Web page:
“Figaro” marks Nelson’s SFO debut. He is a recent graduate of the Academy of Vocal Arts in Philadelphia. As an apprentice, he appeared as Angelotti in Santa Fe’s 2012 production of “Tosca.” In 2014 he will make his debut with the Washington National Opera.

“The challenge is to keep in the moment,” he said. “It’s more fun to be a Figaro who can be thinking on his feet. He’s always trying to figure out the best solution.”

“I love this opera,” Nelson added. “It’s clever; the music is glorious. It’s one of my favorites of all time. As soon as you hear that downbeat, you know this is something written by a genius.”

To get used to playing the coltish Cherubino, some of Fons’ friends suggested she put a sock in her pants. As it is, the mezzo-soprano wears the uniform of an 18th-century pageboy – trousers and a vest topped by a tricorn hat.

“I have a bust-binder on,” she added.

Still, she did an informal poll of her male colleagues to research the role of an adolescent male.

“I never knew how important it is (for a boy) to feel like a man,” she said. “When a boy is 12 or 13, he doesn’t want to be seen as a boy. Being embarrassed is the worst thing. (Cherubino) gets embarrassed a lot; he gets told he looks like a girl. He’s desperately in love with every girl he sees. He’s always getting in trouble for it, but he always does it one more time. The countess is his goddess on a pedestal.”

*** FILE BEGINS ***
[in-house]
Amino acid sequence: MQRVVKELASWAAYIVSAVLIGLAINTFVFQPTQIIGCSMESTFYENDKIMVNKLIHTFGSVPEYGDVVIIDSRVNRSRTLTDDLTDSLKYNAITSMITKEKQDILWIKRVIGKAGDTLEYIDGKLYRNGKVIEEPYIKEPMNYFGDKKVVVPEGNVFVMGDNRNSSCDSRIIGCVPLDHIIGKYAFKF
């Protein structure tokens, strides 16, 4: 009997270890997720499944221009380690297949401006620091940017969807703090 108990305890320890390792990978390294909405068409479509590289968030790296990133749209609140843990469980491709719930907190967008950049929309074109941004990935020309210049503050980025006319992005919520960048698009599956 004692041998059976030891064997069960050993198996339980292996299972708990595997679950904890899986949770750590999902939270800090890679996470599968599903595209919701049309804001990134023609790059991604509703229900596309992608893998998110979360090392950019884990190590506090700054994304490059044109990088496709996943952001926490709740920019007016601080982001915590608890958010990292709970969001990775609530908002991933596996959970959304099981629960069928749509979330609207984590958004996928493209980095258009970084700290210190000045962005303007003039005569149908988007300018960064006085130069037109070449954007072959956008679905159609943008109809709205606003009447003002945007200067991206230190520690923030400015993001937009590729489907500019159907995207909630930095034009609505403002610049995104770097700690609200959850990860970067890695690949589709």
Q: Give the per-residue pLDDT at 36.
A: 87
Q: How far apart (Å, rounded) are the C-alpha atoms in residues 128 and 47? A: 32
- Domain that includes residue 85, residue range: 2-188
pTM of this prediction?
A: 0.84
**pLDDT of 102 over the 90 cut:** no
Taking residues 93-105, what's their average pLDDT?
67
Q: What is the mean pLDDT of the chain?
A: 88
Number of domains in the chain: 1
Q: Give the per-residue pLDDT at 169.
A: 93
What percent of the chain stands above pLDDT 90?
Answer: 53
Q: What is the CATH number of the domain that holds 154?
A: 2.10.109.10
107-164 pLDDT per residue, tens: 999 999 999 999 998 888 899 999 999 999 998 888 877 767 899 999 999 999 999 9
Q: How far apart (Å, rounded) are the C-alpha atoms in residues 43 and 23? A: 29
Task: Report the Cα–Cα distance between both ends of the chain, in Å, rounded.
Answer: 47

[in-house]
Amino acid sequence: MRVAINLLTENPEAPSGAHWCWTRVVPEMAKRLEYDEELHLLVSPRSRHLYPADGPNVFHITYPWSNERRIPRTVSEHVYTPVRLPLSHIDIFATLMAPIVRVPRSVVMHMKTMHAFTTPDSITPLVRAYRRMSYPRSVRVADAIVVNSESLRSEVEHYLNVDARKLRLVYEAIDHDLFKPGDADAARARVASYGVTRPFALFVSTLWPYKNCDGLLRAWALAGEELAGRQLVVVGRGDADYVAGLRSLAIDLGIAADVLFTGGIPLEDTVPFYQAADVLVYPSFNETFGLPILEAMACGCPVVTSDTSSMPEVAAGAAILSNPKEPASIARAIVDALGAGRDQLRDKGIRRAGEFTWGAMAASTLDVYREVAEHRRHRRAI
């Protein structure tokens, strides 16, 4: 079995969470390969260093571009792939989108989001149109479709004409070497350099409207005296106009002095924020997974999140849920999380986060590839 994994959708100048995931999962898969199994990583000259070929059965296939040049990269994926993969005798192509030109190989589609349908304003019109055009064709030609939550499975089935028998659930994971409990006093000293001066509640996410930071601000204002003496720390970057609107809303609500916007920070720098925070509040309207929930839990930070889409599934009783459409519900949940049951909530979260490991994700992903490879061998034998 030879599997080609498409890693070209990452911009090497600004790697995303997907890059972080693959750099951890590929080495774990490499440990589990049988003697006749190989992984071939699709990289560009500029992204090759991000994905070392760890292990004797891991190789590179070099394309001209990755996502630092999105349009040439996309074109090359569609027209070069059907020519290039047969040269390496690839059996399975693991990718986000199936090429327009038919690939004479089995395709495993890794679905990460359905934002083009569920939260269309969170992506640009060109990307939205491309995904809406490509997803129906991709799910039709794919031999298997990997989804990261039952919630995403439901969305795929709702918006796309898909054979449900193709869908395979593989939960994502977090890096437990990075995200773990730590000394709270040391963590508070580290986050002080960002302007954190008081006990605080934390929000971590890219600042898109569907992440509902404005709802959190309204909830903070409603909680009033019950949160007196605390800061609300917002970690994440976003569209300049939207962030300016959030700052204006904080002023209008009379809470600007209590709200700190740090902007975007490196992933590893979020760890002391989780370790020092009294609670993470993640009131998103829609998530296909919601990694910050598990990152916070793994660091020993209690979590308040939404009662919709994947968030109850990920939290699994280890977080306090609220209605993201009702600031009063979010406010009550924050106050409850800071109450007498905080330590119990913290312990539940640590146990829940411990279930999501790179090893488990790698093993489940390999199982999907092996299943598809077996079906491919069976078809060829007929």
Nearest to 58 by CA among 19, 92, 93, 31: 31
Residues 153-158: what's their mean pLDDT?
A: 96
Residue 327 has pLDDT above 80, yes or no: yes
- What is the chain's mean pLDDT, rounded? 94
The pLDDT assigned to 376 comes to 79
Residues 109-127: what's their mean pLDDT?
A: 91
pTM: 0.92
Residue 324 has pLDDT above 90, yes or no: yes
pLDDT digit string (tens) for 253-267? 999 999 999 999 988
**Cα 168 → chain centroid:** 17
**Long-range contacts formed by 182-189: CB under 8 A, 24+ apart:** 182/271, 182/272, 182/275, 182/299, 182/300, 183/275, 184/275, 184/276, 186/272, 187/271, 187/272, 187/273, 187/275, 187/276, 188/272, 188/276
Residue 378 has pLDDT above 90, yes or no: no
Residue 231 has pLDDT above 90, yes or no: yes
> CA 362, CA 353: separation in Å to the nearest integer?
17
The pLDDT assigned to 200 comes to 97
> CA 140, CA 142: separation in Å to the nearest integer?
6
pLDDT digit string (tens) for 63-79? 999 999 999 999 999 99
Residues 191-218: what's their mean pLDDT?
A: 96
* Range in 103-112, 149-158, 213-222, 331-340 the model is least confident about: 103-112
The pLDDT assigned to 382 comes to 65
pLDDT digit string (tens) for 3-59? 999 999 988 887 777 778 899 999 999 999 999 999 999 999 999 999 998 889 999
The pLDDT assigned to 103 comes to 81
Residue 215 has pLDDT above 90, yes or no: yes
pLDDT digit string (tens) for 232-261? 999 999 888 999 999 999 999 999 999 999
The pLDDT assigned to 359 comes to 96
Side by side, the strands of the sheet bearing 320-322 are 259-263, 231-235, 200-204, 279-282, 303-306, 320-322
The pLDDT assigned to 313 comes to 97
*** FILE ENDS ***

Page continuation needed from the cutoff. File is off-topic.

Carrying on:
Despite her friends’ suggestions of anatomical enhancement, Fons says her lines read truer when she remains herself. After all, boy bands and teen idols have sported rosy cheeks for decades.

Fons is a graduate of the Ryan Opera Center at Chicago’s Lyric Opera, where she performed in “Carmen” and “The Mikado.”

Mozart composed “The Marriage of Figaro” in 1786 based on a stage comedy by Pierre Beaumarchais. Its critique of aristocratic entitlement stung. It was banned in Vienna for its licentiousness, but Mozart’s librettist managed to get official approval from Emperor Joseph II for an operatic version. It is now regarded as a cornerstone of the standard operatic repertoire.